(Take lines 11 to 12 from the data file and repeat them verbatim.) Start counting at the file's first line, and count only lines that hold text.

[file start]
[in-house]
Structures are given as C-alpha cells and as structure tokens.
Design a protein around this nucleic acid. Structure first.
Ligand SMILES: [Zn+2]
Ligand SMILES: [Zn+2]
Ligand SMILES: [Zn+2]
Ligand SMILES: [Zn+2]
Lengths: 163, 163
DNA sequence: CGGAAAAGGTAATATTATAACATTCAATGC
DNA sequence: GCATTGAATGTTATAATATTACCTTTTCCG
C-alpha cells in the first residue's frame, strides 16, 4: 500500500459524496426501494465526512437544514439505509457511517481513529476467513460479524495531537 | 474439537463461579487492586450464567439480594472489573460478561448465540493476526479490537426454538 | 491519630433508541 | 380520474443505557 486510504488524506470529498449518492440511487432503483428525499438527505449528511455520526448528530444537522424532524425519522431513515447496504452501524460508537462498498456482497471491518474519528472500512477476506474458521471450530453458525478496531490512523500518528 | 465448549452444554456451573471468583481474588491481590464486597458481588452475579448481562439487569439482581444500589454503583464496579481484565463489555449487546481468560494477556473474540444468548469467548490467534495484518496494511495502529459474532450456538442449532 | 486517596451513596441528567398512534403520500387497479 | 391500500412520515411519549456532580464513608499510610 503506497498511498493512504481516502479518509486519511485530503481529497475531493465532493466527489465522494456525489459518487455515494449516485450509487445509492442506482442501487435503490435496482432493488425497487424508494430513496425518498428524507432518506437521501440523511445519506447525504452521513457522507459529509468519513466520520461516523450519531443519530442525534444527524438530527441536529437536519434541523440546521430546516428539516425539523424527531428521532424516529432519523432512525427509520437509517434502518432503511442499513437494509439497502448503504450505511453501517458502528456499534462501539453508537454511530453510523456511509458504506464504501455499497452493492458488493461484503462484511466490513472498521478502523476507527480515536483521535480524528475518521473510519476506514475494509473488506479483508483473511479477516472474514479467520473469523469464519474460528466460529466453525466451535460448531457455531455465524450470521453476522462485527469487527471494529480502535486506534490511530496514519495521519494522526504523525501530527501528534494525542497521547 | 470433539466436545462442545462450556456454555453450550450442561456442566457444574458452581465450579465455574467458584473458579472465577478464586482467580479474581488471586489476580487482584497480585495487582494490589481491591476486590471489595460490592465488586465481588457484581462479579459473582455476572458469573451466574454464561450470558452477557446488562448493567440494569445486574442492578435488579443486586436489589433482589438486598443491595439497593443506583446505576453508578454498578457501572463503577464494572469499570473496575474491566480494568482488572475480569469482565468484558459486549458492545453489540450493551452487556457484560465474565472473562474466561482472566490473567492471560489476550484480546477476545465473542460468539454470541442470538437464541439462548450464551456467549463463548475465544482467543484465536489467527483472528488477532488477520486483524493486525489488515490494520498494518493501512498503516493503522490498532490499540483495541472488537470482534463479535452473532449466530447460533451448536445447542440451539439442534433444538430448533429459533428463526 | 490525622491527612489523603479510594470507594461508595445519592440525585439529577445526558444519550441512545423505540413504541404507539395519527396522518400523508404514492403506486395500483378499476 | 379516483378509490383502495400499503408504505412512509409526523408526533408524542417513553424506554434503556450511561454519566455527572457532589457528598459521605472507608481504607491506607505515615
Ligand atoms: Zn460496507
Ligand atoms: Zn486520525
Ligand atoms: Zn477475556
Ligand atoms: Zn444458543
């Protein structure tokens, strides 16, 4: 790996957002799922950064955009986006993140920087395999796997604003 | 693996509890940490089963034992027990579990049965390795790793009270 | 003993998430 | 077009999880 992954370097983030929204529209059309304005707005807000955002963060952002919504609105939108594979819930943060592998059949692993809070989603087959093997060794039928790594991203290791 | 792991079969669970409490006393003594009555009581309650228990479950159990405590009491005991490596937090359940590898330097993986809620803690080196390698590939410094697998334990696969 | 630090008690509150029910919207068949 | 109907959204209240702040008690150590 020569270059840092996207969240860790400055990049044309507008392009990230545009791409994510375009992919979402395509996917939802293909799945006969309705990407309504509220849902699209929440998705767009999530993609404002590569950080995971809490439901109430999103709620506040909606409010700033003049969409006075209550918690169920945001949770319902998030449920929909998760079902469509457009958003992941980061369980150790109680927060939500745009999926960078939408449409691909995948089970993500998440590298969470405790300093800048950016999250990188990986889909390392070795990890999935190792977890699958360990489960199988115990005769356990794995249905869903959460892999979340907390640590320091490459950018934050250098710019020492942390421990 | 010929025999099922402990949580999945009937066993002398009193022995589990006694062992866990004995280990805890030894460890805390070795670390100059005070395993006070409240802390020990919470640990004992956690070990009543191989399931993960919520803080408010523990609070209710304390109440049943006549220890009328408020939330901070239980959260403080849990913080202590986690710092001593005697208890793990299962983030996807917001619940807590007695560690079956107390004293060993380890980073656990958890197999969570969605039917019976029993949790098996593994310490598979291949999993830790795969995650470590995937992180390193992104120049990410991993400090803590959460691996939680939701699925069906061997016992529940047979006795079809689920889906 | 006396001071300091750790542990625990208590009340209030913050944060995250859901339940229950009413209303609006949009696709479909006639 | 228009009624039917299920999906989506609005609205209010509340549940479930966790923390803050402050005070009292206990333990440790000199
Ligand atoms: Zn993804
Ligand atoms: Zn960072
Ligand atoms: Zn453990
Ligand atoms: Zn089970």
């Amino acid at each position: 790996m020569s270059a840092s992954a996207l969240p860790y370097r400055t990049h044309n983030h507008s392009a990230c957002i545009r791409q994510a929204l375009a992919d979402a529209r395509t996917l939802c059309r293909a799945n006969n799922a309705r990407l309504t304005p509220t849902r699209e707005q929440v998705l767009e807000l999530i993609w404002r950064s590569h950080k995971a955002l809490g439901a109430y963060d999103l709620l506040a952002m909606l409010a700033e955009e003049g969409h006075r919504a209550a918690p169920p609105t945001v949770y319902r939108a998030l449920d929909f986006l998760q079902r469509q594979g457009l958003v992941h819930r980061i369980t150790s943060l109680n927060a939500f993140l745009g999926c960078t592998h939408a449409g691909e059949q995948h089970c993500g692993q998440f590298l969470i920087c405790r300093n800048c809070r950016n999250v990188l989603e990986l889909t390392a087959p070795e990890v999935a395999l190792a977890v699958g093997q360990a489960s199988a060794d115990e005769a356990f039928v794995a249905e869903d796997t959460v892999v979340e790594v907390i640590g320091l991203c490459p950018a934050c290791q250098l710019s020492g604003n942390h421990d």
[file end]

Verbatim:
C-alpha cells in the first residue's frame, strides 16, 4: 500500500459524496426501494465526512437544514439505509457511517481513529476467513460479524495531537 | 474439537463461579487492586450464567439480594472489573460478561448465540493476526479490537426454538 | 491519630433508541 | 380520474443505557 486510504488524506470529498449518492440511487432503483428525499438527505449528511455520526448528530444537522424532524425519522431513515447496504452501524460508537462498498456482497471491518474519528472500512477476506474458521471450530453458525478496531490512523500518528 | 465448549452444554456451573471468583481474588491481590464486597458481588452475579448481562439487569439482581444500589454503583464496579481484565463489555449487546481468560494477556473474540444468548469467548490467534495484518496494511495502529459474532450456538442449532 | 486517596451513596441528567398512534403520500387497479 | 391500500412520515411519549456532580464513608499510610 503506497498511498493512504481516502479518509486519511485530503481529497475531493465532493466527489465522494456525489459518487455515494449516485450509487445509492442506482442501487435503490435496482432493488425497487424508494430513496425518498428524507432518506437521501440523511445519506447525504452521513457522507459529509468519513466520520461516523450519531443519530442525534444527524438530527441536529437536519434541523440546521430546516428539516425539523424527531428521532424516529432519523432512525427509520437509517434502518432503511442499513437494509439497502448503504450505511453501517458502528456499534462501539453508537454511530453510523456511509458504506464504501455499497452493492458488493461484503462484511466490513472498521478502523476507527480515536483521535480524528475518521473510519476506514475494509473488506479483508483473511479477516472474514479467520473469523469464519474460528466460529466453525466451535460448531457455531455465524450470521453476522462485527469487527471494529480502535486506534490511530496514519495521519494522526504523525501530527501528534494525542497521547 | 470433539466436545462442545462450556456454555453450550450442561456442566457444574458452581465450579465455574467458584473458579472465577478464586482467580479474581488471586489476580487482584497480585495487582494490589481491591476486590471489595460490592465488586465481588457484581462479579459473582455476572458469573451466574454464561450470558452477557446488562448493567440494569445486574442492578435488579443486586436489589433482589438486598443491595439497593443506583446505576453508578454498578457501572463503577464494572469499570473496575474491566480494568482488572475480569469482565468484558459486549458492545453489540450493551452487556457484560465474565472473562474466561482472566490473567492471560489476550484480546477476545465473542460468539454470541442470538437464541439462548450464551456467549463463548475465544482467543484465536489467527483472528488477532488477520486483524493486525489488515490494520498494518493501512498503516493503522490498532490499540483495541472488537470482534463479535452473532449466530447460533451448536445447542440451539439442534433444538430448533429459533428463526 | 490525622491527612489523603479510594470507594461508595445519592440525585439529577445526558444519550441512545423505540413504541404507539395519527396522518400523508404514492403506486395500483378499476 | 379516483378509490383502495400499503408504505412512509409526523408526533408524542417513553424506554434503556450511561454519566455527572457532589457528598459521605472507608481504607491506607505515615
Ligand atoms: Zn460496507